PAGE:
Amazon doesn't make many tangible things, but it ships staggering quantities of them every day. And when the online store asked customers how it could improve the shopping experience, buyers said they wanted less packaging.
Luckily, that's one thing Amazon controls in the shipping process. As a result, "we've done a lot of mathematics to write programs to tell our system and our associates exactly which box to use," says Nadia Shouraboura, Amazon's head of technology for worldwide operations.
"When customers receive the package, opening it and and seeing the product is a delight," Shouraboura says.
What hasn't typically delighted customers: excess boxes, twist ties for small materials, and plastic containers called clamshells that are tough to open. Amazon has worked with suppliers such as Philips to cut out the clamshells and stick with boxes that are easy to open and made from recyclable materials.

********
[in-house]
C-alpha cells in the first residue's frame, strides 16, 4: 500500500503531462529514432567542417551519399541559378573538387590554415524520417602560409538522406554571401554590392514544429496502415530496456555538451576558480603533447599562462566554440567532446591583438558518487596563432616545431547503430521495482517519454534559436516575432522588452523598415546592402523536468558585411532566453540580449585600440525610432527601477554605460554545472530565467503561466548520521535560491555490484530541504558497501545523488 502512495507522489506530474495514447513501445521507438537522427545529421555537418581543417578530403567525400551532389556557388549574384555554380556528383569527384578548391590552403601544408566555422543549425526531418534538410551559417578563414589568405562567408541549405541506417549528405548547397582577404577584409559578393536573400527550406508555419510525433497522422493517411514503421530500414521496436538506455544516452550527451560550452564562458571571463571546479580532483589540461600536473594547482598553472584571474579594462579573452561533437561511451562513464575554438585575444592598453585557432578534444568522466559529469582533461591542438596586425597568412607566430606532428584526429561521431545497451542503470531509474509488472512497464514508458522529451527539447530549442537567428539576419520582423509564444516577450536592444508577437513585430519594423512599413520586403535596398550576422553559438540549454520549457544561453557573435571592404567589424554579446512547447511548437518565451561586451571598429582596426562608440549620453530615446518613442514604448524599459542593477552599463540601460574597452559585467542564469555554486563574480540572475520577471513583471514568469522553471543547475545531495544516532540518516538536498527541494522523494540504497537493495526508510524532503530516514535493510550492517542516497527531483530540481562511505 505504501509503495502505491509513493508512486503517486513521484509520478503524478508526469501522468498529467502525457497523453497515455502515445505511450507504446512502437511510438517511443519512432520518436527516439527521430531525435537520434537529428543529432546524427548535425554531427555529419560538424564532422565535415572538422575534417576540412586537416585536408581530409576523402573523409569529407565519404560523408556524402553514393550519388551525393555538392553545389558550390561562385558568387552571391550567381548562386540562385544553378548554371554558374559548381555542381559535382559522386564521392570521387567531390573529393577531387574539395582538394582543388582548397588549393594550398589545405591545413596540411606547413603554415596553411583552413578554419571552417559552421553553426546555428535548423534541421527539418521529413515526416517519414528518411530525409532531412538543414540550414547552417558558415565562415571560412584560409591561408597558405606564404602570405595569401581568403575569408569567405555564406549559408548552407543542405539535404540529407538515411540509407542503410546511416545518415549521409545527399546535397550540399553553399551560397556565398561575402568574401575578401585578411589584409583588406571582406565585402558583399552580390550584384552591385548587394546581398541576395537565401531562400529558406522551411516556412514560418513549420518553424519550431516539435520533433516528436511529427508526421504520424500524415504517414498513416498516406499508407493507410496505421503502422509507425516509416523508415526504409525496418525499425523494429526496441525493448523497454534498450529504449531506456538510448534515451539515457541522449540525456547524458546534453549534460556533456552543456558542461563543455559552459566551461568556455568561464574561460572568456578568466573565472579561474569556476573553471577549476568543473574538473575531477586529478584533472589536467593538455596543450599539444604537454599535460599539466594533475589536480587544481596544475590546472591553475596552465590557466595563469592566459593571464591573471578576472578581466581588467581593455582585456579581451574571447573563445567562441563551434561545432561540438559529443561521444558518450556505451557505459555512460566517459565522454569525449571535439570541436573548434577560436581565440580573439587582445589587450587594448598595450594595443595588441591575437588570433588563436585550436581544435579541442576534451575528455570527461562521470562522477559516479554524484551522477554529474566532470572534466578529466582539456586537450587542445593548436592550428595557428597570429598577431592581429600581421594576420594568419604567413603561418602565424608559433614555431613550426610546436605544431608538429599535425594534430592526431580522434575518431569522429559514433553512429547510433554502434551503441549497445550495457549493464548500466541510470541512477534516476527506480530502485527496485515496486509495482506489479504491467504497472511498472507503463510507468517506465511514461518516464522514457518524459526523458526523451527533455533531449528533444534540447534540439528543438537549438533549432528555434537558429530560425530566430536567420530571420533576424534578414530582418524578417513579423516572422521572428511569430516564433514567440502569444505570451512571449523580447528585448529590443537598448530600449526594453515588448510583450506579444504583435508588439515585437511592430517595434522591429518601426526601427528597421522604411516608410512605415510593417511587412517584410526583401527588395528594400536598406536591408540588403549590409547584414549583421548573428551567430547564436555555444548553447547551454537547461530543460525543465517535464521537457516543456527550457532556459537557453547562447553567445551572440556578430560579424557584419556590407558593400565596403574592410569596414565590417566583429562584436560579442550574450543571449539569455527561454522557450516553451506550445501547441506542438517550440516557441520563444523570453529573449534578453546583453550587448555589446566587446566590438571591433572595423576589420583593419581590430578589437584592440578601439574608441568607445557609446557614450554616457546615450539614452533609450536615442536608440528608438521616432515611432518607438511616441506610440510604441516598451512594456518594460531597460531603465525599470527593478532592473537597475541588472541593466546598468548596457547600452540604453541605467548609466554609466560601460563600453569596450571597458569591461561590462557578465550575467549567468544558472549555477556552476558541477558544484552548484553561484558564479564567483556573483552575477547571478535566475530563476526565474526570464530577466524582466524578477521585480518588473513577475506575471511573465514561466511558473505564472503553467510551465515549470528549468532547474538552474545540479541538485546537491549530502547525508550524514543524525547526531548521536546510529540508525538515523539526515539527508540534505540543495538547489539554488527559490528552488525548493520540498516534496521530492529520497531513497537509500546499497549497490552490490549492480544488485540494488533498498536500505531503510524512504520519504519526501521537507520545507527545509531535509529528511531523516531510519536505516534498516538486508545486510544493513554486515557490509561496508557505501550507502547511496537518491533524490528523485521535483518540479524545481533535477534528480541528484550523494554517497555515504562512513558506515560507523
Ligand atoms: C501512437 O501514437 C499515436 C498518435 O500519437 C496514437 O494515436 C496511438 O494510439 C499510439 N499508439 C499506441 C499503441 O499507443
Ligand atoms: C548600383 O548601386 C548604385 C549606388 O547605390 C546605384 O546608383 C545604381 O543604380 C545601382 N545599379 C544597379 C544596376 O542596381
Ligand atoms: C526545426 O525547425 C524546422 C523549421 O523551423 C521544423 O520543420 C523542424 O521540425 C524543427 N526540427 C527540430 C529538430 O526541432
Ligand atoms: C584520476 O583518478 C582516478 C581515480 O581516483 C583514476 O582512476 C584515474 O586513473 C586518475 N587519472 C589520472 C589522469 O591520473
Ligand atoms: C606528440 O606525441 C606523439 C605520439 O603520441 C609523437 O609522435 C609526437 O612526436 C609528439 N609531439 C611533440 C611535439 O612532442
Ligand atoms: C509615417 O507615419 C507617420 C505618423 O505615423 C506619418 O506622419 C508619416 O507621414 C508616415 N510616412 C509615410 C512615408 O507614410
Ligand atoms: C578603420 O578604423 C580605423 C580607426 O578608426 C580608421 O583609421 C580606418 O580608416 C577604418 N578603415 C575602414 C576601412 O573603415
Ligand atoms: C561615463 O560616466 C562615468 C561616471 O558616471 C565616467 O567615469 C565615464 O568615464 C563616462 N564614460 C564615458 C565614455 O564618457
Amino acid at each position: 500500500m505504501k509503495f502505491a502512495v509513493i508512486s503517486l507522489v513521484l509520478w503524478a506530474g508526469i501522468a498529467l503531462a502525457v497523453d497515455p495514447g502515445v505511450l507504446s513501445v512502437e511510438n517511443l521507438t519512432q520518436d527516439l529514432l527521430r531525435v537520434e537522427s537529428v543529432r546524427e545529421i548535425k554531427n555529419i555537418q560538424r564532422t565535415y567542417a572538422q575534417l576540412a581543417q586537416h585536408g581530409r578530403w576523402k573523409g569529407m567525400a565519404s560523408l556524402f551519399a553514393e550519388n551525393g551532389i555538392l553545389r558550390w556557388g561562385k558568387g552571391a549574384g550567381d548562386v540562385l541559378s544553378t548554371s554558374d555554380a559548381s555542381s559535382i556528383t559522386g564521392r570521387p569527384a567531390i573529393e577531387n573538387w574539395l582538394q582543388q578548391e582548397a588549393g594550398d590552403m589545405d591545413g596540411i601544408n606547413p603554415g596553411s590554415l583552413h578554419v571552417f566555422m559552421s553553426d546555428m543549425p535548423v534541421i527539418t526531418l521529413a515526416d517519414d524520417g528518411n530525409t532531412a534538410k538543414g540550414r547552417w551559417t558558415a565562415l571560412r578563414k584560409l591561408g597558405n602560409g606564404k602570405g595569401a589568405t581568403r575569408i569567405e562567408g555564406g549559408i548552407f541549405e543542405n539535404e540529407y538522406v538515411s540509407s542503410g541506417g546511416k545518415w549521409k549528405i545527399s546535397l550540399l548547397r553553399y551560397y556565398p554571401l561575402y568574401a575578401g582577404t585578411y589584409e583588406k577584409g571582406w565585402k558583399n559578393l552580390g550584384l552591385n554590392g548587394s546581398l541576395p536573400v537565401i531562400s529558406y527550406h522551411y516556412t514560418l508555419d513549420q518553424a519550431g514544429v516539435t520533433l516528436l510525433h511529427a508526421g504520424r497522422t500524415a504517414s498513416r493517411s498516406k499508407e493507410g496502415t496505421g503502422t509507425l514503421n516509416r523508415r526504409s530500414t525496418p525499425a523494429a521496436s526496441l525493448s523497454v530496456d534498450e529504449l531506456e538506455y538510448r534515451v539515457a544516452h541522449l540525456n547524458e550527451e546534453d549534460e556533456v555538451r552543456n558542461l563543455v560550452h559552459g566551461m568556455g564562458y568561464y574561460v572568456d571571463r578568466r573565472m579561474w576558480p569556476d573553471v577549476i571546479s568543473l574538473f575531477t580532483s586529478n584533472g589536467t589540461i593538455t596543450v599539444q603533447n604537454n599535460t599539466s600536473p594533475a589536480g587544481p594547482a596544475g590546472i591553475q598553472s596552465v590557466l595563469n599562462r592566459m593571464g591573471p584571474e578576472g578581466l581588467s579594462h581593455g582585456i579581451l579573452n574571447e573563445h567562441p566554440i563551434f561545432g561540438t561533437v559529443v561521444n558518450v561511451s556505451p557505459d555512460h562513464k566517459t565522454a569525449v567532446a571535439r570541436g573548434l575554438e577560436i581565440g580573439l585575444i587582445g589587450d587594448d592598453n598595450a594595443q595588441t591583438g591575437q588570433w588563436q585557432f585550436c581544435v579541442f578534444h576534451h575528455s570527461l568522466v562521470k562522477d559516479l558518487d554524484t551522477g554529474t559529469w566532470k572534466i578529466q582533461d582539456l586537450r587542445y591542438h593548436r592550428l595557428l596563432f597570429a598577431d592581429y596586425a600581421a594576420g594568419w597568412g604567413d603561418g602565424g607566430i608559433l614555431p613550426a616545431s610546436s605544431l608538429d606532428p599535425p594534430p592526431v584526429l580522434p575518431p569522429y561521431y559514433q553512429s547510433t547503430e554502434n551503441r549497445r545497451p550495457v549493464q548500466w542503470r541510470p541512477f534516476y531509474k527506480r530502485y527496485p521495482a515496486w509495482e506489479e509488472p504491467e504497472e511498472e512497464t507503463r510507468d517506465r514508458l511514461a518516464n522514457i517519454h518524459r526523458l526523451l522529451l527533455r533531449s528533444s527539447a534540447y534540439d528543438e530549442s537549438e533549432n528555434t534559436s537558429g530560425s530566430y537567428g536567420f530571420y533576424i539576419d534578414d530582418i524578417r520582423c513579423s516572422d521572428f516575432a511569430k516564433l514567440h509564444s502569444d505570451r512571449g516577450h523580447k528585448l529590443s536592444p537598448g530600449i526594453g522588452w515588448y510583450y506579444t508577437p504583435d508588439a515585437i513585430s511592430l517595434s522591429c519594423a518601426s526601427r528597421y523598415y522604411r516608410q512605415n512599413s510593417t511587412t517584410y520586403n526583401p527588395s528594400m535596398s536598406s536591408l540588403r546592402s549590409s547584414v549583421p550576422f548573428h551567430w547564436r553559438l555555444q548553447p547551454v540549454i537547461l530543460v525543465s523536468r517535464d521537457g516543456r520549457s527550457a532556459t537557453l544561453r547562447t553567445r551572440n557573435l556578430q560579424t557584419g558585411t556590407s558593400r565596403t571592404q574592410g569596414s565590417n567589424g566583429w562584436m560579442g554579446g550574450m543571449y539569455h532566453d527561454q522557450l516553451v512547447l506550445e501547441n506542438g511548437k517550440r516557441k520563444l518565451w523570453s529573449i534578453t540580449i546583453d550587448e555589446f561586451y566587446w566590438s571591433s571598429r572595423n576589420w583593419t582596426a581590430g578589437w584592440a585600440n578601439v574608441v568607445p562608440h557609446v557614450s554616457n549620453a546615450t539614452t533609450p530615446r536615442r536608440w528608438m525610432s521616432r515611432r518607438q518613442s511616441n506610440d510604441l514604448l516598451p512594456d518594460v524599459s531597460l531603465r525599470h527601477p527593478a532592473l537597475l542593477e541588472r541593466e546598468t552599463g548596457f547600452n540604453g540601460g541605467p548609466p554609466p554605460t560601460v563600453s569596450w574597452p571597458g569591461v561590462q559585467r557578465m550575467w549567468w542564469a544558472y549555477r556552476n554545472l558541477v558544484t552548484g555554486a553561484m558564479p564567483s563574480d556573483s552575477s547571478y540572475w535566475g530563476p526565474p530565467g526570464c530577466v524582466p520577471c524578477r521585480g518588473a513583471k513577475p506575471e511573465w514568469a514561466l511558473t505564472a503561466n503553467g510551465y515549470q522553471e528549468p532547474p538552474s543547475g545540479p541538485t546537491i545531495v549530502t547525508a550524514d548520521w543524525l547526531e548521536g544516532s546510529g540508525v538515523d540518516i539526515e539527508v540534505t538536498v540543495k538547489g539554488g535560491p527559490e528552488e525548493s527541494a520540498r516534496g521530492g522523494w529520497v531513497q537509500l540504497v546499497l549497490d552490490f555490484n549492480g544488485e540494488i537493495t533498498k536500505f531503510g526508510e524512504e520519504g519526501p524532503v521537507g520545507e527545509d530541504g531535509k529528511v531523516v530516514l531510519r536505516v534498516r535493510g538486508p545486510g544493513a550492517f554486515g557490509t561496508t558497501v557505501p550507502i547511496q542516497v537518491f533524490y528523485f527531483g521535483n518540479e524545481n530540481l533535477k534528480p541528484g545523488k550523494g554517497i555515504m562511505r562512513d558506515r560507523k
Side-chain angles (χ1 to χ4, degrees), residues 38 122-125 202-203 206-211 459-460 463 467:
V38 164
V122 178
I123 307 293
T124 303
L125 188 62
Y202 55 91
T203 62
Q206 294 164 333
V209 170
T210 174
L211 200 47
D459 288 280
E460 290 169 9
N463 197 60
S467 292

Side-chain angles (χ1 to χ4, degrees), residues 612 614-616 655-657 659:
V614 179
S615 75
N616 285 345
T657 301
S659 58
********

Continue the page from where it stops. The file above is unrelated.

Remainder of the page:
By cutting wasteful packaging, the company has also reduced its carbon footprint.
In its 50 fulfillment centers, Amazon.com encourages employees to brainstorm at staff meetings on ways to make its warehouses more sustainable and keep energy costs down.
NEXT: Greener arches